To kill a raven is to harm the spirit of King Arthur who visits the world in the form of a raven.
Seen near a sick person - no recovery
Welsh belief - A raven on a chimney is good luck to those within
Ravens leaving The Tower of London - The United Kingdom will fall
Flying towards the sun - fine weather
A wish made on the first robin of spring will be granted.
A robin entering the house was a sign of a death in the family.
Killing a robin - extremely bad luck
Causing a robin injury - a similar injury to the perpetrator
Entering a house or church - omen of death
Roosters have long been connected with the sun, as they crow to herald its arrival at dawn, and are considered watchful protectors of humankind.
When a cock crows at midnight a spirit is passing
In England it is a death omen if a rooster crows three times between sunset and midnight. Crowing at other times is often a warning against misfortune.
If a cock crows while perched on a gate, or at nightfall, the next day will be rainy.
A white rooster is considered very lucky, and should not be killed as it protects the farm on which it lives
Black roosters are a bad omen, often associated with sacrifice.
Three seagulls flying together, directly overhead, are a warning of death soon to come.
Killing a seagull - bad luck
Seen far inland - bad weather
A shepherd counting his flock - bad luck
Sitting still on the grass - fine weather
Walking about and bleating - bad weather
Hanging a snake skin from the rafters - protection from fire
Crossing your path - unlucky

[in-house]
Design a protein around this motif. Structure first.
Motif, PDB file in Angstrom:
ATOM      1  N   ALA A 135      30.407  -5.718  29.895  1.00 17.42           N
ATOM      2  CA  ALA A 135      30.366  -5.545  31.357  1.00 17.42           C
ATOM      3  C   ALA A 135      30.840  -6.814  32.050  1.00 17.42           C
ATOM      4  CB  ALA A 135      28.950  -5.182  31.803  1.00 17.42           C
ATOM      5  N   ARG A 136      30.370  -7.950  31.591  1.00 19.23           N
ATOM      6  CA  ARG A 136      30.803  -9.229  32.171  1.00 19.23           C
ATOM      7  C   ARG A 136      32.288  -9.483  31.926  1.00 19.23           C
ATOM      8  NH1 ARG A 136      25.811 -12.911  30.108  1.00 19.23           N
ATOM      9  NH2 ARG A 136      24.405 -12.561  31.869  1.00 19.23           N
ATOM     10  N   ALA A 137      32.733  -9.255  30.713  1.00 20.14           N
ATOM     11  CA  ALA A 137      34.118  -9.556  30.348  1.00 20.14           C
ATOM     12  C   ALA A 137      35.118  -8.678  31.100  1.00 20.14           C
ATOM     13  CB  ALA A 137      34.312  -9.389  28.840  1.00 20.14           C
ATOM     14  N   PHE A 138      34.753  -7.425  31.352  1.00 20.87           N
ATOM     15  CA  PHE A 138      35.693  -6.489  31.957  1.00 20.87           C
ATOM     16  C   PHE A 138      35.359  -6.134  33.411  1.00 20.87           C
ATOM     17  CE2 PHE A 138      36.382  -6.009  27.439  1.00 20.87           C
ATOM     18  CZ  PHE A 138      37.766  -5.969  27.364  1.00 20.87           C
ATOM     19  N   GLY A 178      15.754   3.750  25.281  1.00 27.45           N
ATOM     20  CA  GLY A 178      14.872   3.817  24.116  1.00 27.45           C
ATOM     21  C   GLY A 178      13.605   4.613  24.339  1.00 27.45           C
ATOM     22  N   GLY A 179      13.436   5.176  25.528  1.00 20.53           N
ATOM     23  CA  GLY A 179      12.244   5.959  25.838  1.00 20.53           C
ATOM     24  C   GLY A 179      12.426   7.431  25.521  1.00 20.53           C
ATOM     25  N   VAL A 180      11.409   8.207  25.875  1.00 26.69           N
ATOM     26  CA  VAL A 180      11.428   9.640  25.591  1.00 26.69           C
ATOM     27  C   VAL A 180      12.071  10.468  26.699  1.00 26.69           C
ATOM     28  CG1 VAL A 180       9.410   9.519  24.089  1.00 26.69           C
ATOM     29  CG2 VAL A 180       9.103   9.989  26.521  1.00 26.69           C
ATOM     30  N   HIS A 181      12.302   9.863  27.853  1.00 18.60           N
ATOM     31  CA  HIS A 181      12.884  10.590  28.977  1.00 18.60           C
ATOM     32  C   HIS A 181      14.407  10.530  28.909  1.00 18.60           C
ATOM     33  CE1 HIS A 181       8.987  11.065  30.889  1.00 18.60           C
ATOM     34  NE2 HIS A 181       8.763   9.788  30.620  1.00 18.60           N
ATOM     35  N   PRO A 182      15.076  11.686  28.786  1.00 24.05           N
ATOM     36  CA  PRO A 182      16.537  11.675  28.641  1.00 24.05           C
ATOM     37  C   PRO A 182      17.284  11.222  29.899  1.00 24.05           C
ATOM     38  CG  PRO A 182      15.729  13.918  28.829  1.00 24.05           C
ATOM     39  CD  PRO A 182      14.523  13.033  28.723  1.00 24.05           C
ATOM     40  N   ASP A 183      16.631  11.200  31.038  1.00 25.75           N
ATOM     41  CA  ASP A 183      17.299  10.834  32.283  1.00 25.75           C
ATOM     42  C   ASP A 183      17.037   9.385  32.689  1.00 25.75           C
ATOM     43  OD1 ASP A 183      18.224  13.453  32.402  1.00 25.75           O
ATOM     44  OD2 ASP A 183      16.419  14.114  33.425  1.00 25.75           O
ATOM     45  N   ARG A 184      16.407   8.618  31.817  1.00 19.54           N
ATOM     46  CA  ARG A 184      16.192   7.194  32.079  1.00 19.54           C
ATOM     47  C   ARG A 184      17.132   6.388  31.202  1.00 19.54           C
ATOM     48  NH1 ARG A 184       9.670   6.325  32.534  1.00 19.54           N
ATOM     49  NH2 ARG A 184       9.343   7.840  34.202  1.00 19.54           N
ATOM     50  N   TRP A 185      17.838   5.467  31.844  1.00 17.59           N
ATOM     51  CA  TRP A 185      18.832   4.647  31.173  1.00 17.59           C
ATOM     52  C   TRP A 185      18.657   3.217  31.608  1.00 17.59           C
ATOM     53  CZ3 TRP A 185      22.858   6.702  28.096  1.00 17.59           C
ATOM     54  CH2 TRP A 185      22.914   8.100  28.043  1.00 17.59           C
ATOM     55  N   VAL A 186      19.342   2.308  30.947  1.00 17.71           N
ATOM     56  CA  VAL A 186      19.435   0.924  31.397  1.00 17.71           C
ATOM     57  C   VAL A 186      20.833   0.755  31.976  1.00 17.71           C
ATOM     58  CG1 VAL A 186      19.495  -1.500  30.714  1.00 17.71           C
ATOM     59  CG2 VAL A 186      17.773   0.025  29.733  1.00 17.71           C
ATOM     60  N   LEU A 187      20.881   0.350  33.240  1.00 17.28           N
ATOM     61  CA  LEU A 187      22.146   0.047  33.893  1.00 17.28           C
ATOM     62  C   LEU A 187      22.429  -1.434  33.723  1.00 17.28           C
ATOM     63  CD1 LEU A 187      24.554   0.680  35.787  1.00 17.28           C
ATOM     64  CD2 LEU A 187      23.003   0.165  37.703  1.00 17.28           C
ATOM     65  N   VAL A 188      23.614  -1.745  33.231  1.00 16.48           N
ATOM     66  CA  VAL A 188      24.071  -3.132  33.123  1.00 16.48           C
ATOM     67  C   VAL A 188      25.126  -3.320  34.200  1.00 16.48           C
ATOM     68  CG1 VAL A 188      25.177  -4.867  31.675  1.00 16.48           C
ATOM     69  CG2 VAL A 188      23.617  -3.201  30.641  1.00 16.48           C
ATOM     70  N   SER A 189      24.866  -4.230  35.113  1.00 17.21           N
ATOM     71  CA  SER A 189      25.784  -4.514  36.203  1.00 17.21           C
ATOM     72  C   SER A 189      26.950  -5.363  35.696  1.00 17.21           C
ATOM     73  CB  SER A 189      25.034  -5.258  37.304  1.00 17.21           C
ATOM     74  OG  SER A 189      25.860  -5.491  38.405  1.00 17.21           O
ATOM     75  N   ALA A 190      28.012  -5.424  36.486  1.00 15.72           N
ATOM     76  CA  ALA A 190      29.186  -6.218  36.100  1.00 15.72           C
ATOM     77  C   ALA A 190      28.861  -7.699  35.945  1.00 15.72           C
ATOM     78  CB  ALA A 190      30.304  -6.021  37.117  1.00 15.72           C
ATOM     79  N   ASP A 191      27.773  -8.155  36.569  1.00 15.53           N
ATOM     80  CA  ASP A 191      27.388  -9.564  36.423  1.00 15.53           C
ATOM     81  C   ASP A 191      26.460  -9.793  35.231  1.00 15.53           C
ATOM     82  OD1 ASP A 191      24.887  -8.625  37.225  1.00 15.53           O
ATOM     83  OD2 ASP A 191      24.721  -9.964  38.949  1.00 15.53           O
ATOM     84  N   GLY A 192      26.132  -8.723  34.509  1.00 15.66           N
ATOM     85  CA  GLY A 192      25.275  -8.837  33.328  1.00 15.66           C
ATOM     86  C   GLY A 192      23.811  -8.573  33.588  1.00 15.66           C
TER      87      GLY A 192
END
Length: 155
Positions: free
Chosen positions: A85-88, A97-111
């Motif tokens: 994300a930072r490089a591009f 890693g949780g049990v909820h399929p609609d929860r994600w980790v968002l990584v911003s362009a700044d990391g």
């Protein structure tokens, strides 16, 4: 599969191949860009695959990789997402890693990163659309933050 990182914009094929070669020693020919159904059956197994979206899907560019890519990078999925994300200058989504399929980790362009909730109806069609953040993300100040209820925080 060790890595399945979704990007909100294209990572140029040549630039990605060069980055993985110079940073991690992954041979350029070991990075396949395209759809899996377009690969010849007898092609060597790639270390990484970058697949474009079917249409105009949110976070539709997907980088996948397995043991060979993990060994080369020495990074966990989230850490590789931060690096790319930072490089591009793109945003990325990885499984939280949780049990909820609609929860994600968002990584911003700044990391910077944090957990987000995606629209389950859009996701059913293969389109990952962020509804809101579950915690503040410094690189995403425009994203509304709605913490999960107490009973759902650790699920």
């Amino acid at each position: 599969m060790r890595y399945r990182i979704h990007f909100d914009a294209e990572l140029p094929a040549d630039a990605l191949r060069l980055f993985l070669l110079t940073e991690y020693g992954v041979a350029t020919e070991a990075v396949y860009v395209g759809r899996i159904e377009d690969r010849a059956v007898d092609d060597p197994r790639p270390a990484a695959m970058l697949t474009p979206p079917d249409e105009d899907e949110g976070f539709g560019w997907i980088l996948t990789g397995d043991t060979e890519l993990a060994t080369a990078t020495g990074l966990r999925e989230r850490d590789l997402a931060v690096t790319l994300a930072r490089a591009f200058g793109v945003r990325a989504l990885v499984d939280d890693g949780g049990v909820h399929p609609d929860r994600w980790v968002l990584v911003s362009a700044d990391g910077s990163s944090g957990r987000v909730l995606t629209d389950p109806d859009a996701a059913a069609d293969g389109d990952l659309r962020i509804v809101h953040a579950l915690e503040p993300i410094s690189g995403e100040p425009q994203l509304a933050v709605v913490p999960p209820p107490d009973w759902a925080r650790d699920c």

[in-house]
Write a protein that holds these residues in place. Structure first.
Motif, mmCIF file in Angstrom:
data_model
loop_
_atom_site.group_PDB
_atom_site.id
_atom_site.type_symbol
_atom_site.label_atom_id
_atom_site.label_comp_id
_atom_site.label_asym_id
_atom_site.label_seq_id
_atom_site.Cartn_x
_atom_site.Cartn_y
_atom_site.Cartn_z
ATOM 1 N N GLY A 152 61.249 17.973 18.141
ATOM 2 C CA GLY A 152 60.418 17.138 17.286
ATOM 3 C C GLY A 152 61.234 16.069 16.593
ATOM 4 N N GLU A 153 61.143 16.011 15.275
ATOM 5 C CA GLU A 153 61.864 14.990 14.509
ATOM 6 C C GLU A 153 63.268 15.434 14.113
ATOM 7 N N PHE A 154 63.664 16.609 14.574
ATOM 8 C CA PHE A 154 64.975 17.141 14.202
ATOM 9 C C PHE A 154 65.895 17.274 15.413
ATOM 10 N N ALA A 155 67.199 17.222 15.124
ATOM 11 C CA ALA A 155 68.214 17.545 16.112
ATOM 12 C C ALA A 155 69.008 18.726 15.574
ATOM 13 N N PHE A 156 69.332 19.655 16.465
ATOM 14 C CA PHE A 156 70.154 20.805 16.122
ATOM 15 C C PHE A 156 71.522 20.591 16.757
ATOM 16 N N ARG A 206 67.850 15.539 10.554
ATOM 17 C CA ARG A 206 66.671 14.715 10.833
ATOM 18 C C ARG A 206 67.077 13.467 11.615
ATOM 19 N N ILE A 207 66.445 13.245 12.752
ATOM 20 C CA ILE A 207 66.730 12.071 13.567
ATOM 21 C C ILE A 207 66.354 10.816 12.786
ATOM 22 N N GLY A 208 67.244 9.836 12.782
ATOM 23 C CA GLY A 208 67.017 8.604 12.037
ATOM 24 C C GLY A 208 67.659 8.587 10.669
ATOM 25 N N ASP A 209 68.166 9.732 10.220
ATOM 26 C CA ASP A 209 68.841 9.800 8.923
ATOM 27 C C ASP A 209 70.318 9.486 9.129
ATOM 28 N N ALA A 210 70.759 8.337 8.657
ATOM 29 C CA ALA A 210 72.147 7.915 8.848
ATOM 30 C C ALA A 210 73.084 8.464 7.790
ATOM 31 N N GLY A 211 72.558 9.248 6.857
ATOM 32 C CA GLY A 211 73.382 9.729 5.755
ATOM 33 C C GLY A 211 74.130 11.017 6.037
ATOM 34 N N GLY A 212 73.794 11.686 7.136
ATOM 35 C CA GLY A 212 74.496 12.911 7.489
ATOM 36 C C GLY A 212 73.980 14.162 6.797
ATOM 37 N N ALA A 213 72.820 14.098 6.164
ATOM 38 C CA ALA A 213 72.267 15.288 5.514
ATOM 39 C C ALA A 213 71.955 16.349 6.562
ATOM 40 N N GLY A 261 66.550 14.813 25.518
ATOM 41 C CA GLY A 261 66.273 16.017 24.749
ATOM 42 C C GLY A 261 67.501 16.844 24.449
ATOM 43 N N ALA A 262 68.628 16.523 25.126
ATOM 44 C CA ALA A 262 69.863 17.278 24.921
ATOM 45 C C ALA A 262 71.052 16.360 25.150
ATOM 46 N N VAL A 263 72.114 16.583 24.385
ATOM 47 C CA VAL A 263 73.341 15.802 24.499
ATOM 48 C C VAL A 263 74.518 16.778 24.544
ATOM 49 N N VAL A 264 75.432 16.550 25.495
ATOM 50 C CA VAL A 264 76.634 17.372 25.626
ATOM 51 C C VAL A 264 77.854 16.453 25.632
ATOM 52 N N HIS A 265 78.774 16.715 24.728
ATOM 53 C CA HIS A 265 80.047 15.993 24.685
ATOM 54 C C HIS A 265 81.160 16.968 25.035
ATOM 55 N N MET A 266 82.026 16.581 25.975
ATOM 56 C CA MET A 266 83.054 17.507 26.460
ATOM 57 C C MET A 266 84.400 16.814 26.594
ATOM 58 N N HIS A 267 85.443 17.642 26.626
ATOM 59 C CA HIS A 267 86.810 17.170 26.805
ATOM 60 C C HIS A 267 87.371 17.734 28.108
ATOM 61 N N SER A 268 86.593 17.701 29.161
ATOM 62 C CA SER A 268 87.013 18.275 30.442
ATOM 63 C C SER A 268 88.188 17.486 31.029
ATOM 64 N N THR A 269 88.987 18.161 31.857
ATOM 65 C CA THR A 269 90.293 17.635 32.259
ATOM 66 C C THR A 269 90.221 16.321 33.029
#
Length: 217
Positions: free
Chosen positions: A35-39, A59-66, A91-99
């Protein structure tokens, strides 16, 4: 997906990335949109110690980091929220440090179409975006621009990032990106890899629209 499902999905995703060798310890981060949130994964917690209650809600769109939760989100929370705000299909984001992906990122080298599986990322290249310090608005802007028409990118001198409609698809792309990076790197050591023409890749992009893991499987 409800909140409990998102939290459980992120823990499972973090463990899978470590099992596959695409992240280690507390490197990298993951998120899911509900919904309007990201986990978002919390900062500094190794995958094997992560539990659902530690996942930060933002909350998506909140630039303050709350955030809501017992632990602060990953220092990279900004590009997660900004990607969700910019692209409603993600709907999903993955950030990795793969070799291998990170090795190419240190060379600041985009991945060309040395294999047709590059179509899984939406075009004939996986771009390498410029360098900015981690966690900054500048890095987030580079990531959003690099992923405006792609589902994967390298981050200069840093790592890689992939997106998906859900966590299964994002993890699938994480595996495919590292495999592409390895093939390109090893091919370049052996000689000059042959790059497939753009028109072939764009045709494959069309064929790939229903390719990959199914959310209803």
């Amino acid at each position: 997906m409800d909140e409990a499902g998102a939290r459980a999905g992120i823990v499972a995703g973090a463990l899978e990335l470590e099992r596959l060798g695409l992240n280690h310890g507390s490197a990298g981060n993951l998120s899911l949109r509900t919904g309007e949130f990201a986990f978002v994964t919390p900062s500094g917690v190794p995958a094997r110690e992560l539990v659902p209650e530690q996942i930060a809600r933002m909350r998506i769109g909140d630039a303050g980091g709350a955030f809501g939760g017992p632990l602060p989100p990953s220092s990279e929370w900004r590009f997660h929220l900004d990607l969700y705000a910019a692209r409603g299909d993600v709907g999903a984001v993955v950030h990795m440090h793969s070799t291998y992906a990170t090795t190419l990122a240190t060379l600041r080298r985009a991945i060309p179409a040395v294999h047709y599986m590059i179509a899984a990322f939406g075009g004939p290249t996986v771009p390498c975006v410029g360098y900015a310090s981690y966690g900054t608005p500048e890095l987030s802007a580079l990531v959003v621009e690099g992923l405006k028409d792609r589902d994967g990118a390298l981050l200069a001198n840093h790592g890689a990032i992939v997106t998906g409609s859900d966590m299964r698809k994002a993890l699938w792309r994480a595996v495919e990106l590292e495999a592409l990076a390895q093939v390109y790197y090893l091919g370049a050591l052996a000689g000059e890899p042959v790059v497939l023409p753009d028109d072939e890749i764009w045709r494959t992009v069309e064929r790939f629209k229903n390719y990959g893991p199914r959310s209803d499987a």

Carrying a snake skin - protection against illness
Carrying a snake's tooth - protection against fever and luck in gambling
Wearing an emerald - protection against snake bites
Sparrows carry the souls of the dead, it's unlucky to kill one.
Believed to embody the souls of the dead
Killing a sparrow - the tree it lived in will die
Hearing a sparrow call – rain
It is unlucky to kill spiders because a spider spun a web over baby Jesus to hide him from Herod.
A spider with syrup cures fever.
Seeing a spider run down a web in the afternoon means you'll take a trip.
You'll meet a new friend if you run into a web.
A spider is a repellent against plague when worn around the neck in a walnut shell.
Killing a spider - very bad luck
Seen running over clothes - a new set of clothes
Finding a spider in the morning - Sorrow
Finding a spider at midday - Anxiety
Finding a spider in the evening - Loss
Killing a spider - Bad Luck
A spider spinning in the morning - Good Luck
A spider climbing its thread - Good News
A spider dropping on its thread - Good Luck
Finding a spider on your body - Good Fortune
Seeing a spider cross a wall - Good Luck
A spider's web on a doorway - A Visitor
A spider on your clothes – Money
Arcane is said to be the missing 13th sign of the zodiac based on 13 lunar months. Arcane is associated with psychic abilities, weaving and women.
Subcategory: Sow Bugs
A Texas superstition says that a bag filled with 13 sow bugs tied around a child's neck will cure the child from the thrash, or sores in the mouth.
Storks deliver babies.
Storks were sacred to Venus in Roman mythology.
If a stork builds a nest on your roof, you have received a blessing and a promise of never ending love from Venus. Aristotle made killing a stork a crime, and Romans passed a stork law, saying that children must care for their elderly parents.
Killing a stork - bad luck
Building a nest on the roof - good omen
Seeing two storks - omen of pregnancy
Herald of the summer
Killing a swallow - bad luck
Nesting on the roof - protection especially against lightning and fire
Storms will accompany the arrival and departure of swallows
A swan's feather, sewed into the husband's pillow, will ensure fidelity.
If you eat a live toad first thing in the morning nothing worse will happen to you all day.
Crossing the path of a bride on the way to the church - prosperous and happy union